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PS on the home mods - it is worth getting info out to the disability community via equipment exchanges, etc. because you never know about that in advance. I was able to sell my moms adapted Scion though not for what we'd put into it. But no regrets...that was QOL for us to take her places since the facility did not have a dentist and then we'd go out for a pizza or restaurant meal.
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Agree, Jinx - when my mother was on an acute stroke ward, she looked round at the other three patients in her room and said "I don't want to get like that." Don't we all fear helplessness?

My sister's ears pricked up at this, but that's another story.

So what does "like that" mean, exactly? Their primary problem, as far as I could see, was that they were alone on the ward, with no one to talk to or make them feel human. And, assuming that the other three ladies had never wanted to be "like that" either, how come they weren't trying to hurl themselves out of the window, IV drip stands, catheters, bed pans and all?

Sometimes, over the past difficult 12 months, my mother has asked if I think she's getting near time. I very firmly say "no you are not, nothing like." This is partly automatic, but mainly because I believe that when she is getting there, she won't need advice about it - she'll know. I just hope I'll have the courage not to argue with her.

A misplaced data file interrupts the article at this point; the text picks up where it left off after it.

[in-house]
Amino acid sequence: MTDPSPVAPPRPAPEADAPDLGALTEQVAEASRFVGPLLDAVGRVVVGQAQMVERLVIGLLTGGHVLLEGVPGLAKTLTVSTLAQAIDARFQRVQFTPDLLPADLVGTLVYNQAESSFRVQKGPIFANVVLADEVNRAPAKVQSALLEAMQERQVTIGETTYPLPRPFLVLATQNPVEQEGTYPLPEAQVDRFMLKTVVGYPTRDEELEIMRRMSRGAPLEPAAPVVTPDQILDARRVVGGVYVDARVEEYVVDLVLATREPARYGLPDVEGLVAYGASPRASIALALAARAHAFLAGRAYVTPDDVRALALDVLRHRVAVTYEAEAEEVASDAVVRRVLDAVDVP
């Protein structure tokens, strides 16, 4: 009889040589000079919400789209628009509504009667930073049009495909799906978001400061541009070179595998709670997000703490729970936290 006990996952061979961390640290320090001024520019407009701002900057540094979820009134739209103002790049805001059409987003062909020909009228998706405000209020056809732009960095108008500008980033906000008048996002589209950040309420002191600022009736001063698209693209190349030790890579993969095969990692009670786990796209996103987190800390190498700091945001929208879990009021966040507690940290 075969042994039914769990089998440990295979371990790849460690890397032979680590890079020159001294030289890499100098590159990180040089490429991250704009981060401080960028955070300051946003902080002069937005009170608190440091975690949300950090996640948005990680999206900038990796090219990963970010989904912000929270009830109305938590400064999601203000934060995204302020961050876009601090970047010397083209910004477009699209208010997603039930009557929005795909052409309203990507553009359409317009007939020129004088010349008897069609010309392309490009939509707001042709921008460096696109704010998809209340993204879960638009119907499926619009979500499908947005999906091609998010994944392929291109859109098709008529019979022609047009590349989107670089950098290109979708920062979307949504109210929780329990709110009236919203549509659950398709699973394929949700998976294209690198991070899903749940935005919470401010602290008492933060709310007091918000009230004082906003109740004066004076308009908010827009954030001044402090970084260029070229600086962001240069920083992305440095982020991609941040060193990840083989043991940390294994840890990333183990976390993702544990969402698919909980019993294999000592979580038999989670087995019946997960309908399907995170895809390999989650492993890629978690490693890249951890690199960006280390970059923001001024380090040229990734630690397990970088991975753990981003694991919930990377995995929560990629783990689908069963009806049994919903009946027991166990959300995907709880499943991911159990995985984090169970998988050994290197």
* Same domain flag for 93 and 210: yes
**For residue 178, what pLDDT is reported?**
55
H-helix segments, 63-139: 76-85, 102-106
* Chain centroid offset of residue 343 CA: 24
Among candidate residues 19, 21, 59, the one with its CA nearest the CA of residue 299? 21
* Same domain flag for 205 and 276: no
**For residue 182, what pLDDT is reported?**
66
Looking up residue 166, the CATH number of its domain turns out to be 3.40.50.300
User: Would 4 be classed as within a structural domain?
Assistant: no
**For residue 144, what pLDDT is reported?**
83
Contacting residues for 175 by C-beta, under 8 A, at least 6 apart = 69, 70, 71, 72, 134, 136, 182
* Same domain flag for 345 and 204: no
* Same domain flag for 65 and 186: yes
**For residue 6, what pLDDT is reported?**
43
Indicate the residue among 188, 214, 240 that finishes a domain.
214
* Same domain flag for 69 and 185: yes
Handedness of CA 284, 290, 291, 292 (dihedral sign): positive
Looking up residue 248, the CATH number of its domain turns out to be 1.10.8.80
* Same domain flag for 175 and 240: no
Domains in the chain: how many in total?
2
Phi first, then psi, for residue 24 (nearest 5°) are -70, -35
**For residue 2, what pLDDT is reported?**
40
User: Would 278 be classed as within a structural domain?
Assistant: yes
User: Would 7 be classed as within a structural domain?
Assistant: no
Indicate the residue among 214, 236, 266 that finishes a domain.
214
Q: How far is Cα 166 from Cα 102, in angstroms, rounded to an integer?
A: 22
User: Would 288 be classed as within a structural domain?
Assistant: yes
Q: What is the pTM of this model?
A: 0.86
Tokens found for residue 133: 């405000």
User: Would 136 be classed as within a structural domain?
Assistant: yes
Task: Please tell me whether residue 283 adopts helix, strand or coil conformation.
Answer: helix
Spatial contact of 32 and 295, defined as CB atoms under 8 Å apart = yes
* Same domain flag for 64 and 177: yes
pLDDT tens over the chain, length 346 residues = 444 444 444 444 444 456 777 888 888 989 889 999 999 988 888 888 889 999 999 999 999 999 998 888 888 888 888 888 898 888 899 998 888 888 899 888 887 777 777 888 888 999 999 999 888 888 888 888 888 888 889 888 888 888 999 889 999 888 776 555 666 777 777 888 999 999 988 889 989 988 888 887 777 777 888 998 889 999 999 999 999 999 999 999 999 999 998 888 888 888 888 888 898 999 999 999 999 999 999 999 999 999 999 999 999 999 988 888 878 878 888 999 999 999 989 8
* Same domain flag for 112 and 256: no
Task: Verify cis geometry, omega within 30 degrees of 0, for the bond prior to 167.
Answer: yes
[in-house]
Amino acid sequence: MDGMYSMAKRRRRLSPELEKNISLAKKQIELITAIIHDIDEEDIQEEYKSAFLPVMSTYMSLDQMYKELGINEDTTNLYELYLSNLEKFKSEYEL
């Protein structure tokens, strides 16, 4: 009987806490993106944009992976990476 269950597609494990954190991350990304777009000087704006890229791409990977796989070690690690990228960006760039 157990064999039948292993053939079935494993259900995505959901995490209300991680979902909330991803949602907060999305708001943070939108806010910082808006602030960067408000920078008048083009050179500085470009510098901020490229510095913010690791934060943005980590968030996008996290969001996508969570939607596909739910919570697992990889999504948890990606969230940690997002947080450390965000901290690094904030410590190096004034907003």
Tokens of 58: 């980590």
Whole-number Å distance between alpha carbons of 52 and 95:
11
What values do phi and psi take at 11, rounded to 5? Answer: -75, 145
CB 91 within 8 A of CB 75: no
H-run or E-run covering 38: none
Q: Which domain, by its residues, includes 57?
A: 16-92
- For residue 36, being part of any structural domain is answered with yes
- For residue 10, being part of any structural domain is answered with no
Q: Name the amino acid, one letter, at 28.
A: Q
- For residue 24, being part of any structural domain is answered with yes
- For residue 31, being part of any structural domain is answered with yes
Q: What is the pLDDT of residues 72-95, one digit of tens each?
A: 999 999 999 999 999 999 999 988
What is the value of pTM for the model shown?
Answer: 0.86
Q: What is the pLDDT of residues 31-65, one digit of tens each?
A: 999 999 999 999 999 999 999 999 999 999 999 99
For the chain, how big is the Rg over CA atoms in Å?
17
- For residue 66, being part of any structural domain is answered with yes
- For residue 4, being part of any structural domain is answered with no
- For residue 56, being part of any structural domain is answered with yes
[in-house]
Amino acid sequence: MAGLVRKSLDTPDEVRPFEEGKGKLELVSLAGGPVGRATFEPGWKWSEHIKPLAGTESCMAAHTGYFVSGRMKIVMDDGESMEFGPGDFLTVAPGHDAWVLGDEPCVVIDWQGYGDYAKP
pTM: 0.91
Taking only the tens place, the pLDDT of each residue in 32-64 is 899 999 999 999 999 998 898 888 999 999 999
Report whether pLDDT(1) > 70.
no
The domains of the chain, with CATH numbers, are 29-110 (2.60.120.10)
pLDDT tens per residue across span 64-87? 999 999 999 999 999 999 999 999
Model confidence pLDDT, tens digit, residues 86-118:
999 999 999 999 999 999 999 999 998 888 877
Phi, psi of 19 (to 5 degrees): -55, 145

If quality of life isn't a subjective value, what the hell is?
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Getting a fungicide is pretty common at any age. Tinea capitis, tinea cruris, tinea pedis (jock itch, athlete's foot) It doesn't mean he is decaying like a cadaver. Incontinence sucks but it can be managed. Life is a singular gift and worth putting up with a fair amount of crap for.

People should be the judges of their own quality of life if anyone is!
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The old lady I visited in the NH told me that she had planned to kill herself before it got "this bad." But somehow when the time came, she didn't quite want to.

I have such ambivalent feelings about my mother's death. She was frail and partially blind when she died suddenly at age 80. But she wasn't really sick, and walked a mile most days, and had activities, friends and family. She sure didn't live "too long," and I'm grateful she didn't have to suffer through years in bed.

But when I hear about someone's mother who died at 95, I do feel cheated and sad.

Well. It's not up to me. I don't control the universe. Probably just as well.
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some people are healthy at 100 so i dont think old age is the troubling issue. i think its that disease at any age is being treated to prolong an unhealthy existence. sick people would die off young if not for modern treatments and medicines.
at any rate man is very resistive to dying even with multiple, serious afflictions.
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Do we need to live so long that we can't enjoy any recognisable quality of life? You wouldn't have thought so, would you? But, clearly, things look very different when you get there.